Another interesting thing about passports to KSA. My Muslim husband’s passport was stamped ‘not valid for Mecca’ or something like that. Mine was not and of course it was not because as Christian I could not go there. My husband’s was stamped that way because as a foreigner he shouldn’t/couldn’t be allowed to do Umrah without paying special for it. Well, as it was he did do Umrah with relatives who got him through without a passport. What a loving religion it is, eh??? What a grand country. 😦

  15. @Wendy – His passport was stamped with not valid for Makkah because access for Umrah pilgrims is open seasonally, multiple times during the course of the year. They need to manage millions of pilgrims and hence have a system. Part of the system is to have people apply for an Umrah visa during the times when Umrah season is open. The fee is nominal; it has nothing to do with him not allowed into Makkah at that time. It’s more about crowd management.

    Hope it clarifies the matter.

  16. Hi I read this earlier today, please have a look at these info sites.

    ……. writes Future Husbands and Wives of Saudis which has lots of information about marriage to Saudis. Here is the link:


    Look for the writer of the below and assist please –

    Hi everyone! Does anybody have experience in getting Saudi citizenship by being married with Saudi man? I’m married with one and live here for 4 years, as I know they were giving citizenship in 5 years of marriage. But yesterday I heard from my friend that they stopped giving it to “foreign wifes” at all… Is that truth? Does anyone have clear and reliable information on this subject? I would really appreciate your help.

  17. I certainly do understand that. They don’t need to manage KSA Nationals though as they can do Umrah any time they want to. That is what I’m talking about. Perhaps you don’t understand how sad that is. Just to get into KSA on a family Visa is a struggle and then the Visa itself is quite expensive. What a terrible thing it would be then if that person was able to visit Mecca while he was there without additional hassle and expense.\ but no … as a Muslim he is even denied that without more hassle and expense. Fortunately he got to go anyway but no thanks to the system and he basically had to be sorta smuggled in. Just gotta love that!!! I mean it’s not as if there are hoards and hoards of people coming into the country on tourist and/or family Visas is there???

  18. @Wendy – I am surprised his visa said not valid for Makkah since Muslim visitors are encouraged to perform umrah if they are in Saudi!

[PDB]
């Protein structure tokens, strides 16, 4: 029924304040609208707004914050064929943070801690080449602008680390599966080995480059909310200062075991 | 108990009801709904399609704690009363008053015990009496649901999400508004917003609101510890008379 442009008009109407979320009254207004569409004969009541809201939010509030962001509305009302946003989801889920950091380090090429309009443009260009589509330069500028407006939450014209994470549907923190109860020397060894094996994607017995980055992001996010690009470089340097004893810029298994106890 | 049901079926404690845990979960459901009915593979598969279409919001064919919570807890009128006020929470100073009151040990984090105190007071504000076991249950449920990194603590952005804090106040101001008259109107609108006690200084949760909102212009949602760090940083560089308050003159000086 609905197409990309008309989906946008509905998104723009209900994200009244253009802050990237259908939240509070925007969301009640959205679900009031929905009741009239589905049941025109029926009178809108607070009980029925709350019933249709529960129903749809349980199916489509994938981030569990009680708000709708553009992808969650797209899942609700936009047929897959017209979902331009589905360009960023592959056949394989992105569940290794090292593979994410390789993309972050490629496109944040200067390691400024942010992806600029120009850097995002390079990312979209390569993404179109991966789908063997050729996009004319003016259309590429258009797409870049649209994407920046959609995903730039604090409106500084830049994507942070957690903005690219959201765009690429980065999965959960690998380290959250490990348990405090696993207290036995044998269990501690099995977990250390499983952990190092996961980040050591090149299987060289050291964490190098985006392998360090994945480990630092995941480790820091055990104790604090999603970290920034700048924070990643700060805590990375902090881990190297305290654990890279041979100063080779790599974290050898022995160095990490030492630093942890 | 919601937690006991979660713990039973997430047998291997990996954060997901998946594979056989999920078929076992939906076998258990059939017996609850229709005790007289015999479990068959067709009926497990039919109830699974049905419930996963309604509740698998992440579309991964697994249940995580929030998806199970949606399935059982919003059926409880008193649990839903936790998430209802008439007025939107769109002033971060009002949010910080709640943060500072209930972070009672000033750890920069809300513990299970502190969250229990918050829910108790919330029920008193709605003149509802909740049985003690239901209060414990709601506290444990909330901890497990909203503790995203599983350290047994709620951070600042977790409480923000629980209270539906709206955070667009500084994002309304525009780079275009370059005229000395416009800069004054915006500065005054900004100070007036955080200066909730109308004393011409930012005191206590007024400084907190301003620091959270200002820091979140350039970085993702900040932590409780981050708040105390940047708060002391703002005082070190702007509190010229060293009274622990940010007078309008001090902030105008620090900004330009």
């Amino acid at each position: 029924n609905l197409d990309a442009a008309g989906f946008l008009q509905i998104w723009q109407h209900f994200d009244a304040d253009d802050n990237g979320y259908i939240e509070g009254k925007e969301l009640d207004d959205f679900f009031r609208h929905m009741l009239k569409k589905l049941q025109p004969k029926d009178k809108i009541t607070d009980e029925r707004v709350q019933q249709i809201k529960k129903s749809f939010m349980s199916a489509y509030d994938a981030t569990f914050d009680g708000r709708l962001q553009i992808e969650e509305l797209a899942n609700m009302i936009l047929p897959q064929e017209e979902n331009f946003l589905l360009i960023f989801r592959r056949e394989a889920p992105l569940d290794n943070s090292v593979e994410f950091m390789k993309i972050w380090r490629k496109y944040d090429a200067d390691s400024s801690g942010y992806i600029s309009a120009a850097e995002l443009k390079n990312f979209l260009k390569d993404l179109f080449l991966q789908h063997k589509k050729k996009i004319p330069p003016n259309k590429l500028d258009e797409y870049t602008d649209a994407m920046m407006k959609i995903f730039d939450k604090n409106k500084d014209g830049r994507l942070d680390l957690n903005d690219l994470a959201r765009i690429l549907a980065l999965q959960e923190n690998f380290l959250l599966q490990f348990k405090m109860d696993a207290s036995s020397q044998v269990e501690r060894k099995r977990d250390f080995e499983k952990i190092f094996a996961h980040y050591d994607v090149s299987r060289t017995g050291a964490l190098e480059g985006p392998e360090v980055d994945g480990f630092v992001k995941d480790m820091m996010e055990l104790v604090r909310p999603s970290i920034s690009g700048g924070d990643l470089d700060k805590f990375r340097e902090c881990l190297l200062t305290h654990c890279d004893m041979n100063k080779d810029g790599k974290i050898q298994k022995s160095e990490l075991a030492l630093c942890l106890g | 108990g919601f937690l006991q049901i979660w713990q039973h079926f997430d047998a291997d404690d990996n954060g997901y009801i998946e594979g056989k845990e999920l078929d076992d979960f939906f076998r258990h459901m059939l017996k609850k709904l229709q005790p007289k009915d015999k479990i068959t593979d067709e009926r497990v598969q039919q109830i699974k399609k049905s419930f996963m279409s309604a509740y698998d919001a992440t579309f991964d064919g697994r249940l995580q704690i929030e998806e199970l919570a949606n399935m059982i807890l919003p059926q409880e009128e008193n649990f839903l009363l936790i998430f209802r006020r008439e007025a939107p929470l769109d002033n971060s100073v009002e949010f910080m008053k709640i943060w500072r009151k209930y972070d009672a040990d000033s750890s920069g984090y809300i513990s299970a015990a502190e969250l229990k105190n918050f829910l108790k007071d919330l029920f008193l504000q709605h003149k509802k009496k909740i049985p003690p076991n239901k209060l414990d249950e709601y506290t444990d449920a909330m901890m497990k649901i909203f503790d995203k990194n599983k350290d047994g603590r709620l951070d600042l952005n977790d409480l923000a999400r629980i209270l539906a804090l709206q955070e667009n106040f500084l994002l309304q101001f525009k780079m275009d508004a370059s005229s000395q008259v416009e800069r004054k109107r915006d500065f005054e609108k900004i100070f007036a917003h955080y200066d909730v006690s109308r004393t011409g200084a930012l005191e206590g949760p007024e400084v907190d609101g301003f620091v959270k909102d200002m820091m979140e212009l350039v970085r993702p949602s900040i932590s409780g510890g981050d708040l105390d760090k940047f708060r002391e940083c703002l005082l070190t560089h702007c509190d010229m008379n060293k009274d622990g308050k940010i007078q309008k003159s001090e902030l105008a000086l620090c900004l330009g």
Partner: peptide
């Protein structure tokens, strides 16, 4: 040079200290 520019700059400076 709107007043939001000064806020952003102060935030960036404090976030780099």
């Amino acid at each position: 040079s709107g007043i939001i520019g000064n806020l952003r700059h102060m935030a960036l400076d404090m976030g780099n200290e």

19. For me, I do not think I could be in a relationship with someone who was only exposed to one culture. In some ways, I feel like a “Third Culture Kid” ( because the culture of my family is not the “average” or “norm” for the U.S. I had to deal with cultural clashes as early as elementary/primary school without ever leaving the US!

    When in a bi-cultural relationship, it helps to have a group of friends that are familiar with both/all cultures because sometimes they will understand a cultural issue that you don’t, and be able to explain it in a way that you can understand.

    Many times, I find that the more I learn of other cultures, the more I begin to understand and value my own. The the more I travel and learn about other cultures, the more I realize the saying “People are people no matter where you go” is very true!!!

    That said, perhaps the Saudi-Western mix helps those in the relationship realize the importance of both/all cultures. Maybe this is part of the reason why they make an effort to visit more of KSA? Or maybe it is because they are already inclined to travel and take an interest in various cultures and that is part of why and how they chose to be with someone from another culture? I really don’t know…

  20. What really matters is both partners respect the others religion. But not too much 😉
    If some things of a culture are bad, or ridiculos that should be ok. \So it really matters how both people stand to each other. It depends on how strong the characters are. If the relation is most important to each partner, and if the relation is strong and loyal, then no amount of cultural difference can shake it.